Intel kicked off the technology earnings season with positive surprises earlier this week but Thursday, the keg seemed to run dry early at the party and things turned grim. Google and Microsoft both released earnings and neither company satisfied the appetites of a nervous market. The initial reaction was to buckle the seat belt and grab on, the ride looked like it was about to get rough; and in fact it did. Google’s news led to a more than 10% sell off in after-hours trading. The bright side: Google’s news wasn’t really bad. The selloff, or at least the rationale for it, appears to have been premature.
With more advertising dollars shifting to the Internet, Google’s top line earnings were up. Search share was up. Paid Click results were decent (about equal with Q1). Revenue growth was strong.
Overall, Google reported gross revenues up 39 percent to $5.37 for the second quarter (up from $3.87b for the year ago period and up 3% sequentially over the first quarter). All in line with expectations.
Where things fell short was the bottom line. Net income grew 35% to $1.25b, $3.92 a share compared to $925m ($2.93 a share) in the same period a year ago. Profits, excluding stock options, were $4.63 a share. The Wall Street consensus expectations were for $4.74 a share.
WHAT WENT WRONG?
The trouble seems to stem from a dangerous alchemy: mixing positive statements that fuel high expectations with the fact that Google famously refuses to give Wall Street analysts forward guidance on what to expect.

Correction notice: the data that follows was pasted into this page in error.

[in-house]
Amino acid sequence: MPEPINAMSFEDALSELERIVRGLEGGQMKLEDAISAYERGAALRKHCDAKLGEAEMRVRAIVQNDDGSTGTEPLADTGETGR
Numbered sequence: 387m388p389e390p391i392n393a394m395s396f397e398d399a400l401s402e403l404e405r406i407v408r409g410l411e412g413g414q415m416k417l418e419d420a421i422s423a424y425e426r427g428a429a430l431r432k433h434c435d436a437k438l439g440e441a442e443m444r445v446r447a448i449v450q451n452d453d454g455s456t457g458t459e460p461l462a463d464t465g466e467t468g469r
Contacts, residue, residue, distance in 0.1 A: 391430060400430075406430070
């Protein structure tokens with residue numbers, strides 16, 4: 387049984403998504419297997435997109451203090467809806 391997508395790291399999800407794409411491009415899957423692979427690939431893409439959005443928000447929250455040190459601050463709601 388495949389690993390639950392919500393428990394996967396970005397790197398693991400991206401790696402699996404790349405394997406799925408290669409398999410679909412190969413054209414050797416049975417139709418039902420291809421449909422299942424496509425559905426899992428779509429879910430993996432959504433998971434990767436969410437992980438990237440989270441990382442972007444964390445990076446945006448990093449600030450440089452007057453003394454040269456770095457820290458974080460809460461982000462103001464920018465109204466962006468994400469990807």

To start with, Google has a history of beating expectations. Prior to this quarter, they beat the street 13 out of fifteen times. Further fueling that, Google blew away expectations with positive results in the first quarter. At the time CEO Eric Schmidt told analysts “[the company is] well positioned for 2008 and beyond, regardless of the business environment we are surrounded by.” His m essage: the bad economy won’t hurt us. Last week at an Idaho conference, he reiterated that point and emphasized Google ’s confidence saying “we make our own weather.”
Those comments set a tone; an expectation. Going into the earnings announcement, stellar results seemed almost assured.
Further setting the stage, without corporate guidance to offset them, analysts have been working their abacuses and building models to trying to predict performance with potentially incomplete information.
High hopes plus incomplete data equals trouble.
It’s kind of the equivalent of going outside at night, seeing some clouds in the sky and then predicting: “tomorrow it will rain.” The clouds are evidence of the possibility, it could happen, but if you made the forecast without seeing a satellite map or consulting a proper forecast, it’s not a big surprise if you end up being wrong.
As of May Google held 62 percent of the US search market, up from 58 percent at the start of the year (ComScore). More than 90% of Google’s revenue comes from search and that market doesn’t appear to be withering in the more difficult economic climate.
To support that view, and to reassure there isn’t anything amiss, Google hauled out the big guns – former UC Berkeley economist Hal Varian. Hal said “revenue growth, largely from sales and advertising that run alongside Google search results, is positive in every major sector, except for real estate, and even that one is only down a small amount.”